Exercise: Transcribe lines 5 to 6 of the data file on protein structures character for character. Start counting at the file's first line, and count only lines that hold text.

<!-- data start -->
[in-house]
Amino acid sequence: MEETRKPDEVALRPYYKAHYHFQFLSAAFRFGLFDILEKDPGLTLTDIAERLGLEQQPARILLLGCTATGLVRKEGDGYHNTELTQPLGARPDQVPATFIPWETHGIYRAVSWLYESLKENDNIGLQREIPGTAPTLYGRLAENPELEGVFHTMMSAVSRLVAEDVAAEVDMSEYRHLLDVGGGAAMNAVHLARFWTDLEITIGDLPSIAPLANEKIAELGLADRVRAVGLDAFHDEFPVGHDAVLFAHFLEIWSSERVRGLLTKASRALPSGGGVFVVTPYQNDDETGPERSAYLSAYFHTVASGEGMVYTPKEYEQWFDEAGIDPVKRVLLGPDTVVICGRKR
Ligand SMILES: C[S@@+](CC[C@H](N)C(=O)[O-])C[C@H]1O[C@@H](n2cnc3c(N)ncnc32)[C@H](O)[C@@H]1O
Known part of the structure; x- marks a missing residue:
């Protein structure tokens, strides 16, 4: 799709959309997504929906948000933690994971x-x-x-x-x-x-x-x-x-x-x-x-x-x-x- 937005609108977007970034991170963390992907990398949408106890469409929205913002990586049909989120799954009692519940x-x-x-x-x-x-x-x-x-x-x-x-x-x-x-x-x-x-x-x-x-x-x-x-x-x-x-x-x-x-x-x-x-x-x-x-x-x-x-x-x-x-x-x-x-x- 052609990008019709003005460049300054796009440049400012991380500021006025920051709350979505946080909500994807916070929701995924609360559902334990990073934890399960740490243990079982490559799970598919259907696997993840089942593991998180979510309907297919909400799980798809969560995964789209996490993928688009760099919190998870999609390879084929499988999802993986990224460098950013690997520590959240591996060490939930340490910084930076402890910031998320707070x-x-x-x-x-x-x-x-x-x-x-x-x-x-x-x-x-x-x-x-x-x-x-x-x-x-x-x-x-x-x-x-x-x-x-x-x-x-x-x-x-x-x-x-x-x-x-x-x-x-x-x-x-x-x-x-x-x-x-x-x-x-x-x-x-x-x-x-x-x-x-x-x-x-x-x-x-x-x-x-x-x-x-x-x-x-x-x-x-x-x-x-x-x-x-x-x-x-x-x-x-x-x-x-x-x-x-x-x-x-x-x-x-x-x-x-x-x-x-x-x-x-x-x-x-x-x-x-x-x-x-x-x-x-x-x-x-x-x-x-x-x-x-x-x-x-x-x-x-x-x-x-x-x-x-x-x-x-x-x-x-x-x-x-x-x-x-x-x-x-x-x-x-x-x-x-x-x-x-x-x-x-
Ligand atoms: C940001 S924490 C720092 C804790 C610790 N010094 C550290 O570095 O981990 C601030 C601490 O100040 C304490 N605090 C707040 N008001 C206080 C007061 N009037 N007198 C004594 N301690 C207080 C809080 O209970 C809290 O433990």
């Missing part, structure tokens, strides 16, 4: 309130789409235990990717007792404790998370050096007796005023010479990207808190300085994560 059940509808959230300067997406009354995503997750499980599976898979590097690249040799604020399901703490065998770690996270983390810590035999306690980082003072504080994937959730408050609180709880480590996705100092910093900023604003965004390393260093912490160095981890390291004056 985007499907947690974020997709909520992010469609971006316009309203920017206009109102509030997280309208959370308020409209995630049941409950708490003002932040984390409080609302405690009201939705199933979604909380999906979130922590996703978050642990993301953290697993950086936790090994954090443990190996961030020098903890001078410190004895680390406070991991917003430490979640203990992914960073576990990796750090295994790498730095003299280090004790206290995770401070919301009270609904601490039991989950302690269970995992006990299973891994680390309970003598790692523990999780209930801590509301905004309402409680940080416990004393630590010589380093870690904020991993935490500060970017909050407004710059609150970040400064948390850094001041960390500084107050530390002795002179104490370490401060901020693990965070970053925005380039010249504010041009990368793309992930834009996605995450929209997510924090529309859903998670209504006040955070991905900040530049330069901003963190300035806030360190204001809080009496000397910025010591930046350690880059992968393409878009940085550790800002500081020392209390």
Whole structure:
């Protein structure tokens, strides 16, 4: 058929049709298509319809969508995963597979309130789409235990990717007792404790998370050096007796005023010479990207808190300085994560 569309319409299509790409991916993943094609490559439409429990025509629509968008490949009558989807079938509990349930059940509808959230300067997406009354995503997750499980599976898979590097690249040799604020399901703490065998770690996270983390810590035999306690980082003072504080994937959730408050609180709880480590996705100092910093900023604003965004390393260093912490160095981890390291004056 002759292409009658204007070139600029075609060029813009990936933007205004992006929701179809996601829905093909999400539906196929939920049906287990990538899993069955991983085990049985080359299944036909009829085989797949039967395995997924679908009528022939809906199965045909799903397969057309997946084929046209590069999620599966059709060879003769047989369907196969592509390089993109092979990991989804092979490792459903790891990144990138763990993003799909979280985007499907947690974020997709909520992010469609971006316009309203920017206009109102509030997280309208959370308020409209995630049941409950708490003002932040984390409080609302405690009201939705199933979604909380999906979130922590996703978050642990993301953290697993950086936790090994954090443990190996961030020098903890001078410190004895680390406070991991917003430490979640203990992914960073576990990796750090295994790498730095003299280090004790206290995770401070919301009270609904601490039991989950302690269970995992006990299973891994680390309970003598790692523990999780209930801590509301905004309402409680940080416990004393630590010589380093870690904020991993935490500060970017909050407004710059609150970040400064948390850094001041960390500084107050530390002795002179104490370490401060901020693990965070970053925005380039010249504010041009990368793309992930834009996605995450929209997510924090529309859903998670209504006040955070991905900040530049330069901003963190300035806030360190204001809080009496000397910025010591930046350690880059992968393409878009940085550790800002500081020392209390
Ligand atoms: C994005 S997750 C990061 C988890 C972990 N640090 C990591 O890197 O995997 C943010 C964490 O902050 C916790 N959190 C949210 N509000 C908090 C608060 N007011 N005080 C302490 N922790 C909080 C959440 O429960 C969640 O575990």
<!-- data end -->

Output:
């Protein structure tokens, strides 16, 4: 799709959309997504929906948000933690994971x-x-x-x-x-x-x-x-x-x-x-x-x-x-x- 937005609108977007970034991170963390992907990398949408106890469409929205913002990586049909989120799954009692519940x-x-x-x-x-x-x-x-x-x-x-x-x-x-x-x-x-x-x-x-x-x-x-x-x-x-x-x-x-x-x-x-x-x-x-x-x-x-x-x-x-x-x-x-x-x- 052609990008019709003005460049300054796009440049400012991380500021006025920051709350979505946080909500994807916070929701995924609360559902334990990073934890399960740490243990079982490559799970598919259907696997993840089942593991998180979510309907297919909400799980798809969560995964789209996490993928688009760099919190998870999609390879084929499988999802993986990224460098950013690997520590959240591996060490939930340490910084930076402890910031998320707070x-x-x-x-x-x-x-x-x-x-x-x-x-x-x-x-x-x-x-x-x-x-x-x-x-x-x-x-x-x-x-x-x-x-x-x-x-x-x-x-x-x-x-x-x-x-x-x-x-x-x-x-x-x-x-x-x-x-x-x-x-x-x-x-x-x-x-x-x-x-x-x-x-x-x-x-x-x-x-x-x-x-x-x-x-x-x-x-x-x-x-x-x-x-x-x-x-x-x-x-x-x-x-x-x-x-x-x-x-x-x-x-x-x-x-x-x-x-x-x-x-x-x-x-x-x-x-x-x-x-x-x-x-x-x-x-x-x-x-x-x-x-x-x-x-x-x-x-x-x-x-x-x-x-x-x-x-x-x-x-x-x-x-x-x-x-x-x-x-x-x-x-x-x-x-x-x-x-x-x-x-x-
Ligand atoms: C940001 S924490 C720092 C804790 C610790 N010094 C550290 O570095 O981990 C601030 C601490 O100040 C304490 N605090 C707040 N008001 C206080 C007061 N009037 N007198 C004594 N301690 C207080 C809080 O209970 C809290 O433990």